The Directv LA Broadcast center has a 50+ ft Dish with LNB's for just about every SAT horizon to horizon that it uses to collect its "feeds" prior to retransmitting to their SATs and us.

Check out monster receive dish in center. The others are smaller (11 meter and 9 meter) transmit dishes.

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#65 OFFLINE   BattleZone

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Posted 20 January 2011 - 04:50 PM

Anything is possible.


Sure. Local cable franchises use the same type of dish.

But POSSIBLE doesn't mean PRACTICAL. Who wants that thing bolted to their roof, and who is going to pay $75,000 for installation?

A World Direct dish costs DirecTV about $20. Do the math.

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#66 OFFLINE   HoTat2

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Posted 20 January 2011 - 06:07 PM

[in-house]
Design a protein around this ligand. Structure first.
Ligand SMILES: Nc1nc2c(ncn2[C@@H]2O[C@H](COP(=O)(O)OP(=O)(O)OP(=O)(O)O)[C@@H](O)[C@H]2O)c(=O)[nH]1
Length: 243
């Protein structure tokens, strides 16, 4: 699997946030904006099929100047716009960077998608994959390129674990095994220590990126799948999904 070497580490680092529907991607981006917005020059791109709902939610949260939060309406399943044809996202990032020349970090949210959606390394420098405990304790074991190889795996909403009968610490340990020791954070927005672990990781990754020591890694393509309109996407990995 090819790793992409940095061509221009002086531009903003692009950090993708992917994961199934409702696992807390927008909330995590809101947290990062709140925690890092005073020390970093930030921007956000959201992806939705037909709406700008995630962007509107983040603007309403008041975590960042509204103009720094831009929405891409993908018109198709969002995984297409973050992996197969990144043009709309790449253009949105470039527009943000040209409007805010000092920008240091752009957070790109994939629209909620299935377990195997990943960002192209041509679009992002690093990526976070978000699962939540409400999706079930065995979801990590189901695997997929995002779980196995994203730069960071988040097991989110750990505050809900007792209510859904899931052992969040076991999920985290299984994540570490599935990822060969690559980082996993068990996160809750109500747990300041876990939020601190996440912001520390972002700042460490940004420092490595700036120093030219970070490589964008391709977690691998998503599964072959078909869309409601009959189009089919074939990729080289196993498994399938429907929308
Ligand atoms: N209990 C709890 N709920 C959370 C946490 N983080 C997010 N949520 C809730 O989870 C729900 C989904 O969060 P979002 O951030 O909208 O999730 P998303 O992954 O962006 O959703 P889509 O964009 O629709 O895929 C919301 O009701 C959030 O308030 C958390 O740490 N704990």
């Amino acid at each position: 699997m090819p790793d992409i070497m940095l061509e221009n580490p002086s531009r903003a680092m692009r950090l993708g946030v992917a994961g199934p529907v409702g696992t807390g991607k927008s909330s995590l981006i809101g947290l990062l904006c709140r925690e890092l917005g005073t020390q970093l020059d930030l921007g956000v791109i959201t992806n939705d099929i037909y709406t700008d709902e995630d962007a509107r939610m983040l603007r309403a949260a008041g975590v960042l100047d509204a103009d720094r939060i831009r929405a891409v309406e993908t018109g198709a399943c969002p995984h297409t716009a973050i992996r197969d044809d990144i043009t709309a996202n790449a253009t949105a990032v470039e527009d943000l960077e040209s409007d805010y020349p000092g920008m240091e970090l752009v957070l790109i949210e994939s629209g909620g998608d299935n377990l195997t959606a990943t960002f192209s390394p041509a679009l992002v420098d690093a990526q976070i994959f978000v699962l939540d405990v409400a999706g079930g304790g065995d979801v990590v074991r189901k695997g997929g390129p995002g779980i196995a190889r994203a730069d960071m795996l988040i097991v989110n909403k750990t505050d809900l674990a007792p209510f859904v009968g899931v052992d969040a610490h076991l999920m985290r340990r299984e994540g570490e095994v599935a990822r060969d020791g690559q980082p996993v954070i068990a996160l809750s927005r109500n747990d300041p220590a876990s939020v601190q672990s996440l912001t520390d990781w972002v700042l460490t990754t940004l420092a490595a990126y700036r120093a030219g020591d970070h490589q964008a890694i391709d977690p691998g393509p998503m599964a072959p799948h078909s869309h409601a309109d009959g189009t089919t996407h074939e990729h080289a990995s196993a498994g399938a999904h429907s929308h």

Sure. Local cable franchises use the same type of dish.

But POSSIBLE doesn't mean PRACTICAL. Who wants that thing bolted to their roof, and who is going to pay $75,000 for installation?

A World Direct dish costs DirecTV about $20. Do the math.


Bolted to the roof? Those monsters will surely collapse just about any residential roof :lol:

Even at the CATV headends or satellite earth stations they're pretty much mounted on the ground from all the installs I've seen ... :)

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#67 OFFLINE   BattleZone

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Posted 20 January 2011 - 08:48 PM

Maybe this guy:

Posted Image


or maybe these folks:

Posted Image

or these:

Posted Image

:)